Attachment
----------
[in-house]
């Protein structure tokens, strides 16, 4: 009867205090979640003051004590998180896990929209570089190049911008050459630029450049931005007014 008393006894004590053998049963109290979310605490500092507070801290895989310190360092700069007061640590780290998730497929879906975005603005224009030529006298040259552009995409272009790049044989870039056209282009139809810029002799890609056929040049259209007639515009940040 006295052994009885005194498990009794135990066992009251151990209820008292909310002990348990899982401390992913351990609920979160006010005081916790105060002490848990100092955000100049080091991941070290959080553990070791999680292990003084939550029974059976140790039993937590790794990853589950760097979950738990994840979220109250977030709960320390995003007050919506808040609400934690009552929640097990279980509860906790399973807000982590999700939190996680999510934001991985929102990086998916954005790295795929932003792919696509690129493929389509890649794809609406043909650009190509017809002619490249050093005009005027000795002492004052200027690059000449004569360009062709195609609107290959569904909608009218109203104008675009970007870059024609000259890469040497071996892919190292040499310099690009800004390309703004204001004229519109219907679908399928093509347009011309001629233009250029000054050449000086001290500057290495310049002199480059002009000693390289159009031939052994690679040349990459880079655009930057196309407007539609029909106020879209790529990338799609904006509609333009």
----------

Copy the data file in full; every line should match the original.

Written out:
[in-house]
């Protein structure tokens, strides 16, 4: 009867205090979640003051004590998180896990929209570089190049911008050459630029450049931005007014 008393006894004590053998049963109290979310605490500092507070801290895989310190360092700069007061640590780290998730497929879906975005603005224009030529006298040259552009995409272009790049044989870039056209282009139809810029002799890609056929040049259209007639515009940040 006295052994009885005194498990009794135990066992009251151990209820008292909310002990348990899982401390992913351990609920979160006010005081916790105060002490848990100092955000100049080091991941070290959080553990070791999680292990003084939550029974059976140790039993937590790794990853589950760097979950738990994840979220109250977030709960320390995003007050919506808040609400934690009552929640097990279980509860906790399973807000982590999700939190996680999510934001991985929102990086998916954005790295795929932003792919696509690129493929389509890649794809609406043909650009190509017809002619490249050093005009005027000795002492004052200027690059000449004569360009062709195609609107290959569904909608009218109203104008675009970007870059024609000259890469040497071996892919190292040499310099690009800004390309703004204001004229519109219907679908399928093509347009011309001629233009250029000054050449000086001290500057290495310049002199480059002009000693390289159009031939052994690679040349990459880079655009930057196309407007539609029909106020879209790529990338799609904006509609333009």